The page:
Doha Metro main station construction 'challenging'
Nine metre-high walls call for innovative thinking by formwork specialists and project engineers
As Doha's new metro takes shape, the importance of formwork within the construction sector has come into focus
As an integral part of the Qatar Rail Development Program (QRDP), the Doha Metro project will consist of four lines with the metro network extending over the Greater Doha area. It will have two major stations: Education City Station and the Msheireb Station.
PERI has been awarded contracts for the formwork on both of those major stations and the project is due for completion in 2019.
While one of the benefits of using formwork is that is can be cast off-site, freeing up space, this is not the case on the Doha Metro project. Miguel Colomer Herrero, senior construction engineer, OHL, part of the JV with Samsung and QBC commissioned to build both of Doha’s metro stations, explains, “Every site is different and has its own challenges. This site obviously requires in situ casting as it would be impossible to move them from a remote location to the site.”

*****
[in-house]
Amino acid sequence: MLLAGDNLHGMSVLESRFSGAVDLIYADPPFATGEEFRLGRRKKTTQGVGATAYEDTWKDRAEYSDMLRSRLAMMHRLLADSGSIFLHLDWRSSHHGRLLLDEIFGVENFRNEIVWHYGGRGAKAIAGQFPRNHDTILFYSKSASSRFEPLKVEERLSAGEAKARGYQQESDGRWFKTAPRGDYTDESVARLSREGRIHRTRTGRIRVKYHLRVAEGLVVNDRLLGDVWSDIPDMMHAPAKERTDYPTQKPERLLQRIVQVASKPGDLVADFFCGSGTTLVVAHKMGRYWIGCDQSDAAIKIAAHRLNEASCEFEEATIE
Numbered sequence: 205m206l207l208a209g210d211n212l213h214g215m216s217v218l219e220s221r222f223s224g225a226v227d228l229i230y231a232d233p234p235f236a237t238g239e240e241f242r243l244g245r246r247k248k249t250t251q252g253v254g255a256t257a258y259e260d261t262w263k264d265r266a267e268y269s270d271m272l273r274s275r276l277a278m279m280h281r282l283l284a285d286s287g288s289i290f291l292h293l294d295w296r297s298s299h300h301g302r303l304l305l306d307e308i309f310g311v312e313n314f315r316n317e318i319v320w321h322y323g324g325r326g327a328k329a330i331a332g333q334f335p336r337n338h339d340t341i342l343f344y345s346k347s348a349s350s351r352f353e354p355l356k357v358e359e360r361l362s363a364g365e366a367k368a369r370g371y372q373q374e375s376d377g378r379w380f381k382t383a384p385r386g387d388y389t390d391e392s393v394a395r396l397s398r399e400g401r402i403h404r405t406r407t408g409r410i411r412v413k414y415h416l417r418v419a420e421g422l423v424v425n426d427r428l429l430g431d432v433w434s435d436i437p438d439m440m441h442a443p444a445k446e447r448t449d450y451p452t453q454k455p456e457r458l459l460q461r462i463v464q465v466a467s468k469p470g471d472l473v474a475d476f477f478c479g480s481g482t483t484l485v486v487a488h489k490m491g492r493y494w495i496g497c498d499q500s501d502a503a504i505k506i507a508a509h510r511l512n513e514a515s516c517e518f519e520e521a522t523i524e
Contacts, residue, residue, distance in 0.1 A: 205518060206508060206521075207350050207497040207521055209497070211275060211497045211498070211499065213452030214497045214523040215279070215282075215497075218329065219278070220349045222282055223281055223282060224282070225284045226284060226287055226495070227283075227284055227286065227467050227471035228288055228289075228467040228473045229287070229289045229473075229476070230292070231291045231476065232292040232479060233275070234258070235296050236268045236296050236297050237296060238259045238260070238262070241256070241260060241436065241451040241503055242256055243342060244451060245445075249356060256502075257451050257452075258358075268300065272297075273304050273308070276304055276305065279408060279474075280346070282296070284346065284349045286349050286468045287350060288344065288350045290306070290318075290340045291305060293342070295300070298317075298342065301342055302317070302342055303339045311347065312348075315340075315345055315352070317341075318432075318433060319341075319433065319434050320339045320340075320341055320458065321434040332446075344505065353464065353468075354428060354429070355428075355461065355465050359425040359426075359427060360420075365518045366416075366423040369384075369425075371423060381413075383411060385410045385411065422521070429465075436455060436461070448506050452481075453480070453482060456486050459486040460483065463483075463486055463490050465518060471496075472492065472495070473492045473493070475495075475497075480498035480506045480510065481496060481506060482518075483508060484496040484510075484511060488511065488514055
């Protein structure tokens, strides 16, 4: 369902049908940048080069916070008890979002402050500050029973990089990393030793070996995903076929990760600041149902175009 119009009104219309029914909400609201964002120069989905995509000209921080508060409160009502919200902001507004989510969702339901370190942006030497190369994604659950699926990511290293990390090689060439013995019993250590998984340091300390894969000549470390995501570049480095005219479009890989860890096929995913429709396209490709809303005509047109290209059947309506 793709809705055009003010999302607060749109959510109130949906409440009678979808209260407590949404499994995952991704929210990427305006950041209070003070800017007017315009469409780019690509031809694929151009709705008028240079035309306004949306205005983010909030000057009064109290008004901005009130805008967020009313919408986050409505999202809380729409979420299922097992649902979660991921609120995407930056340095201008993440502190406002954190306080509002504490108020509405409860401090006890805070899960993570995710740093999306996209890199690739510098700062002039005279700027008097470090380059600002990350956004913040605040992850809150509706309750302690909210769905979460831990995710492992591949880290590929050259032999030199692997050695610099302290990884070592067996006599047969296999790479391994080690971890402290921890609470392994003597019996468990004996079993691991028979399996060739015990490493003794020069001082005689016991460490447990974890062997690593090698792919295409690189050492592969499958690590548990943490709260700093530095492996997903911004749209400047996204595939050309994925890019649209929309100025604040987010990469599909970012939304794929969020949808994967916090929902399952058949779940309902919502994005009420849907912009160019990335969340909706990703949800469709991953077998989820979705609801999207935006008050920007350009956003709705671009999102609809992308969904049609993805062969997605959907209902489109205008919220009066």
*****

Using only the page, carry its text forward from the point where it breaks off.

Working on the Education City station, he explains why formwork was the method of choice for this construction: “The walls we have here can only be made with formwork because they are 1.5m wide and extend to an impressive nine metres-plus tall.”
Dimitris Papendreou, PERI sales engineer and responsible for the Doha Main Metro project's formwork adds: “The main challenge here was casting the tremendously high walls in one pour of concrete. Usually walls are cast to between four and six metres in height, and then the remaining height is cast in a separate cycle. In this project however, for a variety of reasons, the walls were cast in one pour.”
Herreo adds: “After extensive study of the project, the JV decided to cast in one pour as the client’s requirements dictated this option. The surface finish has to be exceptionally smooth and this would not have been possible in more than one pour as a seam between the two cycles would have been created. Also, this project is expected to be here for about 120 years, so one pour also ensures durability and the best result for waterproofing.”
Papendreou concludes: “Any other method, such as pre-cast concrete was out of the question, as we also had to consider the finishing. It is also a structural choice and takes the safety of the site and end product into consideration.”
The station is 330m long and 29m wide, while the height of the walls vary between 2.8m to nine metres.